Harry has exhibited widely at various significant galleries and has written articles for several art industry publications. A selection of his artworks are currently held in international collections. Having taught extensively at Coventry University’s School of Art, Harry has now retired and been able to devote himself to painting full time.

Harry has previously exhibited at Horsham Museum as part of the Royal Institute of Painters in Water Colours exhibition. It was clear during this show that his work warranted further display. Horsham Museum is therefore delighted to be able to hold a solo show of work by an artist who is undoubtedly at the top of his game.

Meet the artist Harry Price on Saturday 24 March 11am – 3pm to discuss his work in person. Free admission.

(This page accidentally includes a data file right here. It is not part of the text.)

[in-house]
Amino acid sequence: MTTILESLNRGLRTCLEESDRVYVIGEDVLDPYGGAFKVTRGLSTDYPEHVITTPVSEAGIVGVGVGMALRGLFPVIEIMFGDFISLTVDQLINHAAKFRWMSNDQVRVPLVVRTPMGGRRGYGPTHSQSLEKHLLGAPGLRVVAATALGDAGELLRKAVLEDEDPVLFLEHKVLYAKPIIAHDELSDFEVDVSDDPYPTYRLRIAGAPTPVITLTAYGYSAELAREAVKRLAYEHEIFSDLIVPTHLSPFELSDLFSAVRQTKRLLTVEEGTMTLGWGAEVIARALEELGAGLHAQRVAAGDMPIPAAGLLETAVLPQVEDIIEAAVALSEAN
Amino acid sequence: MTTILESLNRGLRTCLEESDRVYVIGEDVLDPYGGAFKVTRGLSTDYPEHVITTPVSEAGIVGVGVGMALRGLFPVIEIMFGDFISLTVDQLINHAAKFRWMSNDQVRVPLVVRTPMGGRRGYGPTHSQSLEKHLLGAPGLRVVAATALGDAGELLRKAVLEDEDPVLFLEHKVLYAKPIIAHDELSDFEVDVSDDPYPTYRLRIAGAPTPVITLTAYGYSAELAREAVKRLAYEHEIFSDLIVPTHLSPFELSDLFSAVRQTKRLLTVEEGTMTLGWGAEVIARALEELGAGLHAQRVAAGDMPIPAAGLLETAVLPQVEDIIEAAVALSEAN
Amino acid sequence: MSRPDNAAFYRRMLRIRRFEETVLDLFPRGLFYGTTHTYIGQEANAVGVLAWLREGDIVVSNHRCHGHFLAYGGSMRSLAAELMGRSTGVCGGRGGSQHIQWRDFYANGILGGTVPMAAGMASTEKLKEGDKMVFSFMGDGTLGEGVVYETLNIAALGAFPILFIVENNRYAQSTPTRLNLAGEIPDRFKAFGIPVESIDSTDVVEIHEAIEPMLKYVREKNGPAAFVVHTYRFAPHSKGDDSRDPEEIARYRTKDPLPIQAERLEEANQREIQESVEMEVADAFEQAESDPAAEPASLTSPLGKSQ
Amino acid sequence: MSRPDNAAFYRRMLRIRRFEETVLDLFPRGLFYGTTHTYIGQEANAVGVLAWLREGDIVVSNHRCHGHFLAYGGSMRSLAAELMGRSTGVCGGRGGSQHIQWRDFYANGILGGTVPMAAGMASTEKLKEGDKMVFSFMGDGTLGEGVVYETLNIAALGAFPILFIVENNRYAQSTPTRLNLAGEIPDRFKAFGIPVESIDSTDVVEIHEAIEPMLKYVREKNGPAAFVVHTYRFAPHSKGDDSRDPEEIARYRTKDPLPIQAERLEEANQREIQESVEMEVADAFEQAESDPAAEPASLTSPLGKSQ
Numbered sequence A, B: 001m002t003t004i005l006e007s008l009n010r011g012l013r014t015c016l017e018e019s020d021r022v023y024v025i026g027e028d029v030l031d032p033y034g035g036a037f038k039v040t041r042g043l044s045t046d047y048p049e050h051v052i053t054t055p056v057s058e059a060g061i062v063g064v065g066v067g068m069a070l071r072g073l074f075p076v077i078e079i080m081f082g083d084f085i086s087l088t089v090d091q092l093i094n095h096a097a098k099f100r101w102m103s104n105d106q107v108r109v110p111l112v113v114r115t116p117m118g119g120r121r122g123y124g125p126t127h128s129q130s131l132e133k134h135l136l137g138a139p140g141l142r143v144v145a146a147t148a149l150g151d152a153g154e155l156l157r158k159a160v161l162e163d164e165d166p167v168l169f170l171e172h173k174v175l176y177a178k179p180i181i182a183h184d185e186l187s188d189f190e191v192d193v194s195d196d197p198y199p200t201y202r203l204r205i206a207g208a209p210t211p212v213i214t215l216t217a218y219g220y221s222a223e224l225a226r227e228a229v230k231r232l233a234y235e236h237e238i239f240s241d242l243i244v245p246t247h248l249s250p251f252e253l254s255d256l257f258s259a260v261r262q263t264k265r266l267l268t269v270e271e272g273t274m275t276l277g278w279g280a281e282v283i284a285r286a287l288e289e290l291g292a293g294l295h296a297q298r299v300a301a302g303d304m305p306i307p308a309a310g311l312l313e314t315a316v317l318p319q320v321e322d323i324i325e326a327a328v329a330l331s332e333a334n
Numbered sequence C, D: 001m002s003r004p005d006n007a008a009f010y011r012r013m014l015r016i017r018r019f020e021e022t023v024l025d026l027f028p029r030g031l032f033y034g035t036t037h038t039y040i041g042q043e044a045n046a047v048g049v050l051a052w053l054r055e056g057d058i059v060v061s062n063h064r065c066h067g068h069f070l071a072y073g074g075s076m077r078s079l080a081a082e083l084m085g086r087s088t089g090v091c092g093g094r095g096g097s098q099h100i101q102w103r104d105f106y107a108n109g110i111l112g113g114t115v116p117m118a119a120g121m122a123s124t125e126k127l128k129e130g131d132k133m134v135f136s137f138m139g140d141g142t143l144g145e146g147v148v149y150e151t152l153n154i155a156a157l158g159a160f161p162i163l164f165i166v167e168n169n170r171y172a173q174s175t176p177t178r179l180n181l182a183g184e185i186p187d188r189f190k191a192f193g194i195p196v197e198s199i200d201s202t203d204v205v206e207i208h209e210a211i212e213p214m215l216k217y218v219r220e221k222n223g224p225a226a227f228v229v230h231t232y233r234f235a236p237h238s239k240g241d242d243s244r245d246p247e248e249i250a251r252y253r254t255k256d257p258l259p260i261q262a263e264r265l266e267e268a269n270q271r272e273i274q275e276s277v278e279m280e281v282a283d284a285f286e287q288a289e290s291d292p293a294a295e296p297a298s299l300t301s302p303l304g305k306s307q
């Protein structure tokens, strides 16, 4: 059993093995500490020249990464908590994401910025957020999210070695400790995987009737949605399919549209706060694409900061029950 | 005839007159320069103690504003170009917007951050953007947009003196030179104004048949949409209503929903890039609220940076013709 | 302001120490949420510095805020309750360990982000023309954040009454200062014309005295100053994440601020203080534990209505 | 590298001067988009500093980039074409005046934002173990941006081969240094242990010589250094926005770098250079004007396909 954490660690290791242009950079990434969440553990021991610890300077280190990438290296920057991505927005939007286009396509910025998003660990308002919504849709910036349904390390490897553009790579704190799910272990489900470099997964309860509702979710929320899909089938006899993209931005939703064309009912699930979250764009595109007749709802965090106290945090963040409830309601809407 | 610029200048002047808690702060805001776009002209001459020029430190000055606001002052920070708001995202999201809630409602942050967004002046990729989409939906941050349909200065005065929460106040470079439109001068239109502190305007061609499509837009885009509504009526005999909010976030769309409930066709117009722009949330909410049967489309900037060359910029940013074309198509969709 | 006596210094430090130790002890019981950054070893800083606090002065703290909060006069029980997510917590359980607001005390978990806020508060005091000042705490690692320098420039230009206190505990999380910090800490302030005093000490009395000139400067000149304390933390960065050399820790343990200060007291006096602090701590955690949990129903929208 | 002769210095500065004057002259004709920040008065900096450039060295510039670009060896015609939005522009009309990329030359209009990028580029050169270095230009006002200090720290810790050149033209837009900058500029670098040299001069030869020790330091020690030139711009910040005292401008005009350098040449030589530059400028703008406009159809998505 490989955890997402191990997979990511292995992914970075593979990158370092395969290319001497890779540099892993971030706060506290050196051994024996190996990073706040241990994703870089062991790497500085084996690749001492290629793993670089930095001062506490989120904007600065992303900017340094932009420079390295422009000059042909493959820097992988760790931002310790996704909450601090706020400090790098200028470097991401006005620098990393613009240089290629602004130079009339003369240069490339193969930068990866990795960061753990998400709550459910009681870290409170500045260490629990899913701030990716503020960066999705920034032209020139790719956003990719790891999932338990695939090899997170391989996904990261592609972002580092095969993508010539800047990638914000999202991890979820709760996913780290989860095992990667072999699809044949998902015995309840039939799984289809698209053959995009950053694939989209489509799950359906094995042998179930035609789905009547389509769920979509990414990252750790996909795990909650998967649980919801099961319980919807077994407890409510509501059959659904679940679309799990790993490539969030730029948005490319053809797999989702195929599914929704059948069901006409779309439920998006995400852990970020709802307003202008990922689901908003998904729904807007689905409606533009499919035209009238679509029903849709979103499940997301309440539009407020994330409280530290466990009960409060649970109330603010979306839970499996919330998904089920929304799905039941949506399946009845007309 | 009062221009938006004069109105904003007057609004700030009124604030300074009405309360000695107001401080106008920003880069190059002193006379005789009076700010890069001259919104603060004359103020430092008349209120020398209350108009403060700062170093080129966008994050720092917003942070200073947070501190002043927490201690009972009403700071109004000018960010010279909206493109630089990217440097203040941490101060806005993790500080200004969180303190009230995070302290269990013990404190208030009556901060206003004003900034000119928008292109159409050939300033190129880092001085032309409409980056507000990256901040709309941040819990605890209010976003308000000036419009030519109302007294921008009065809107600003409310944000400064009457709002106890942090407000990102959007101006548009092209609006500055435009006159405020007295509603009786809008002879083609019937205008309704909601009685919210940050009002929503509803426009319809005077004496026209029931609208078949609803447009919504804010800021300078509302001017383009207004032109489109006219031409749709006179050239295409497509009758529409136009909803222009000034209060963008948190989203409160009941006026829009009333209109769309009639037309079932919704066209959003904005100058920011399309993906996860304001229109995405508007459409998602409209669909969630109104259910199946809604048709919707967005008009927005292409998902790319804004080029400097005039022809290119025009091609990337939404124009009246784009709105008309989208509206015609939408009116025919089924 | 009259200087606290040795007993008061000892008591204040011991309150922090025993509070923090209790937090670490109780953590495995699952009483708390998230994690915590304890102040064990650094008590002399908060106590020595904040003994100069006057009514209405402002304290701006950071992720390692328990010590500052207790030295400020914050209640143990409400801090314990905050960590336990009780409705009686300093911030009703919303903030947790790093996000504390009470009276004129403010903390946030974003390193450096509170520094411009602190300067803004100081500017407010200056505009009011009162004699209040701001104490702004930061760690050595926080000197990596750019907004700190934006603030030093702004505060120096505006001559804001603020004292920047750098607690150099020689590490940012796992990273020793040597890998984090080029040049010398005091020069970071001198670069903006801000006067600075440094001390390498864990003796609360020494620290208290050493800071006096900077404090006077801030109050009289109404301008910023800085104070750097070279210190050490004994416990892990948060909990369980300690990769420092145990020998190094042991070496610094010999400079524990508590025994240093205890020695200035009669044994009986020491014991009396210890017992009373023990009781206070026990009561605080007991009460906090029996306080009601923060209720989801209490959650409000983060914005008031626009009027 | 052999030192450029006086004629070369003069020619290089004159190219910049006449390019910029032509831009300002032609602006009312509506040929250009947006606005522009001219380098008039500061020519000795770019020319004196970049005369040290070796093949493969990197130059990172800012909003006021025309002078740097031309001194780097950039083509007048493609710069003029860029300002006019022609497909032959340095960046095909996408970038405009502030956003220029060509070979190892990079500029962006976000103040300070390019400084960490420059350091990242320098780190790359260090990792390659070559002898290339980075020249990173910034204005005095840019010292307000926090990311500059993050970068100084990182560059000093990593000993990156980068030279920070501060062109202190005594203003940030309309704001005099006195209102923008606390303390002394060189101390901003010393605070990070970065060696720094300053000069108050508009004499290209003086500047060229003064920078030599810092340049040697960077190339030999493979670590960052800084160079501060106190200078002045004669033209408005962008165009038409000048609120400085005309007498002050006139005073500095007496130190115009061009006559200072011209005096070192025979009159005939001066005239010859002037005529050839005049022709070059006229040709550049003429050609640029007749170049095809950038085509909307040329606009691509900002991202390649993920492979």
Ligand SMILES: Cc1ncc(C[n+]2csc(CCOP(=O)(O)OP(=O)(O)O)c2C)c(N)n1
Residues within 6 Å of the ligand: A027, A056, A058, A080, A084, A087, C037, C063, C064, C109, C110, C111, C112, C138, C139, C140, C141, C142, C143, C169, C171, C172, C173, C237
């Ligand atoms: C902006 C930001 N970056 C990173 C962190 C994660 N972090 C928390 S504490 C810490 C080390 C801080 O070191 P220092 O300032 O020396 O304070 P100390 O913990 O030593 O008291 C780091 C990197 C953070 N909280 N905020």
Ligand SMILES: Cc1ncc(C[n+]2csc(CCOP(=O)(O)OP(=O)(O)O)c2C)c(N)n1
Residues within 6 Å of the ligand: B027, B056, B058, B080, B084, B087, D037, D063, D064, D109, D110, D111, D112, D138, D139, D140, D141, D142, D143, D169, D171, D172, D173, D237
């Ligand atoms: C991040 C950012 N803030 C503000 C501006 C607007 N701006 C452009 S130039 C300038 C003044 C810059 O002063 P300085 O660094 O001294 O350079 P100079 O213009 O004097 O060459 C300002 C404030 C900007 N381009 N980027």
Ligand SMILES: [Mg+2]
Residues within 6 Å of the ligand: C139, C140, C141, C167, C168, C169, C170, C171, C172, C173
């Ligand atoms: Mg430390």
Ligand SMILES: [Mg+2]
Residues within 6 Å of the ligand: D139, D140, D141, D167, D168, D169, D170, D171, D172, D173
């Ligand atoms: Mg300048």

This event runs from 24th March 2018 to 26th May 2018

Metal: The Wonder Material

Metal is all around us. Many of the items that you use, touch, and wear throughout your day will contain metal. Without metal – and the skills to shape and manipulate it to make tools, weapons, and machinery – our world would look like a very different place. Metal truly is a wonder material.

The Museum’s collections are full of items made from, or incorporating, metal. These range from everyday objects such as iron cooking pots and sets of keys, through to artworks, beautiful jewellery, and deadly weaponry. Humans have learned to use the incredible versatility and different properties of metals to create tools, engineer structures, and travel the world.